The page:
Video Nights in Kathmandu is a travel-lit classic. It's beautifully written and realized. It's insightful, engaging, and all those other favourable adjectives professional reviewers use to gush about a book. Iyer makes use of metaphor superbly, he uses just the right amount of comedy, he's excellent at analysing and dissecting cultures, and he writes with genuine empathy, and it's this last quality that taught me something about travel writing.
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Format: Paperback
The currency and accuracy of the information aside (China abolished FECs and foreigner prices more than a decade ago), this book presents many truths that may go against a lot of things that the tourism authority and the infatuated romantic writers say. Without actually making fun of everybody, Pico Iyer skillfully paints a poetic yet cynical and down to earth, almost Dickensian picture of developing Asian countries where the citizens quite happily watch Hollywood movies and pore over the latest electronic gadgetry.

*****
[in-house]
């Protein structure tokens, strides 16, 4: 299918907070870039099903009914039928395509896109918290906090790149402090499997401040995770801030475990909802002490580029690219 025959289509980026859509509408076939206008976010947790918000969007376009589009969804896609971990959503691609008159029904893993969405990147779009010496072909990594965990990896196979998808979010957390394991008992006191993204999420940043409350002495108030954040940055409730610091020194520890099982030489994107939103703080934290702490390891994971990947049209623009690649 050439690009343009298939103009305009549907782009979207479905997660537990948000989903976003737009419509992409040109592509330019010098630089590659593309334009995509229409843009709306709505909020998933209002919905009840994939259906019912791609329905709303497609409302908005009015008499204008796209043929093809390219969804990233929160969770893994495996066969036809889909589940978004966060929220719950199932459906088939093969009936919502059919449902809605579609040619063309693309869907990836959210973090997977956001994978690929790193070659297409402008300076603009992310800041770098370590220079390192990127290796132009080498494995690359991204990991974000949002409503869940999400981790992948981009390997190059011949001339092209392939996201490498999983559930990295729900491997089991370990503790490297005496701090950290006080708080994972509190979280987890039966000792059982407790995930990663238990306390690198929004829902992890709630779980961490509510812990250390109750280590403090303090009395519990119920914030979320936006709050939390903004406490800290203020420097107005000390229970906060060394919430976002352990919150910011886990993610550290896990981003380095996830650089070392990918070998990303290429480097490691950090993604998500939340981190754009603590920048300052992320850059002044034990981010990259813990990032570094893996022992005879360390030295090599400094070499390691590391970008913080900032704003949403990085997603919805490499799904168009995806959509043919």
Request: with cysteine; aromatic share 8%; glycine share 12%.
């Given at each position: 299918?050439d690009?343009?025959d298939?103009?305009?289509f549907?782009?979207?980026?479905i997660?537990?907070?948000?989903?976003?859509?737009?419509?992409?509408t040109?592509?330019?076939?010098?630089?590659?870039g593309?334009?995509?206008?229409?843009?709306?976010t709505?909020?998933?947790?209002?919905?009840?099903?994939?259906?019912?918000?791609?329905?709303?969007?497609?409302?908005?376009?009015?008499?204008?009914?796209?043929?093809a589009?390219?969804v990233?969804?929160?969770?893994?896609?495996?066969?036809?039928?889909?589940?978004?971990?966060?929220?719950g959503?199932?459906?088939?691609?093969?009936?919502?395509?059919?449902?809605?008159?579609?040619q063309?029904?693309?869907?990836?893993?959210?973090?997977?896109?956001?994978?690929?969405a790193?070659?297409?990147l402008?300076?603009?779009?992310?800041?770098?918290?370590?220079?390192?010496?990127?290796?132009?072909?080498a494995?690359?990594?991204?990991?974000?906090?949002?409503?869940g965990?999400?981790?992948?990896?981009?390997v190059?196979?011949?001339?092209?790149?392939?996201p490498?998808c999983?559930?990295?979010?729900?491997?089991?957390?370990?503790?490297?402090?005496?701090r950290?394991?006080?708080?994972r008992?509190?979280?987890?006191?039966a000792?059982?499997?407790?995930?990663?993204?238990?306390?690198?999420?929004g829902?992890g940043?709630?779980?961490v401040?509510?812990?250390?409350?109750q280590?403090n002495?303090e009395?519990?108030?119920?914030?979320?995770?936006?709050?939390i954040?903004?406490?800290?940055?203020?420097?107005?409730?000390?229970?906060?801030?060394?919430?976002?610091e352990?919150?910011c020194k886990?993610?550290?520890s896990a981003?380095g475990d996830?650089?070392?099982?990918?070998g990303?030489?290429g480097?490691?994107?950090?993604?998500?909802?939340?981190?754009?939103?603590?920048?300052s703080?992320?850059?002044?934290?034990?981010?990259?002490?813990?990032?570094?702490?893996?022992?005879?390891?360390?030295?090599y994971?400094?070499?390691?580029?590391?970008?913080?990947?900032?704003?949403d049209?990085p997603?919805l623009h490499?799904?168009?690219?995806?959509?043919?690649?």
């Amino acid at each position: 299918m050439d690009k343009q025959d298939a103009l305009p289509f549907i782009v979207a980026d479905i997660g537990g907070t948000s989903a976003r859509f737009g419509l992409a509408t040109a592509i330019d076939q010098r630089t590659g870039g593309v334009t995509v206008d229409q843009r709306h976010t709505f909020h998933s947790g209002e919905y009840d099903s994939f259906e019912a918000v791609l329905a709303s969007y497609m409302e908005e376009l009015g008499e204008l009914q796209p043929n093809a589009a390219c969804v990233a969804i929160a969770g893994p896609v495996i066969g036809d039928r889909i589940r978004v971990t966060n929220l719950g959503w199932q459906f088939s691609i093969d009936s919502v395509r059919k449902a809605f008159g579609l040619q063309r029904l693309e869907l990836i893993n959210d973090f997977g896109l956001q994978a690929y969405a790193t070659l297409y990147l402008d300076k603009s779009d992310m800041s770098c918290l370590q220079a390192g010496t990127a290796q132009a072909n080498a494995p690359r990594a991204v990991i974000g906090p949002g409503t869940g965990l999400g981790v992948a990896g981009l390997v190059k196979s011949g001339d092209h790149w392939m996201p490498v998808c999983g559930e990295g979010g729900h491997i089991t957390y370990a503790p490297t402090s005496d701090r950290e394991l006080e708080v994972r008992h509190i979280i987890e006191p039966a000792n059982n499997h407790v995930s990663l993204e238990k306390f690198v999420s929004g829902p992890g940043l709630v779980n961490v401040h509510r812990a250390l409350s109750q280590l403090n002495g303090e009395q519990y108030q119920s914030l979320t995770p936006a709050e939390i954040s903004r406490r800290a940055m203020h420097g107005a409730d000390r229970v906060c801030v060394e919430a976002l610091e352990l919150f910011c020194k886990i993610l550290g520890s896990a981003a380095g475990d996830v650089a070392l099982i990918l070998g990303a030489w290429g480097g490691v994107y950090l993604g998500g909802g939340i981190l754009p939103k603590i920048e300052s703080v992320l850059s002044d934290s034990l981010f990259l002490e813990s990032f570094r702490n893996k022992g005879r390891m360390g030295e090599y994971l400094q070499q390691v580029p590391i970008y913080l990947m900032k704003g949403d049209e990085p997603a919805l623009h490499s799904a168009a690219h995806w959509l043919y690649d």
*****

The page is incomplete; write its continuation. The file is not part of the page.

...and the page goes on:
Iyer's insights are by no means new, unique or even profound. He sympathised with Chinese-occupied Tibet. He blew the spiritual cover of hippies in Nepal. He talked about the sex trade in Thailand. However, it is through this book that I discovered Pico Iyer's great talent with words and highly polished writing style. For those who like "plain English", I would certainly not recommend Iyer's books. But for those who enjoy introspective literary works, Iyer will not disappoint.

My favourite chapter is Thailand - Love in a Duty-Free Zone. The content of the chapter is as full of nuances as the title.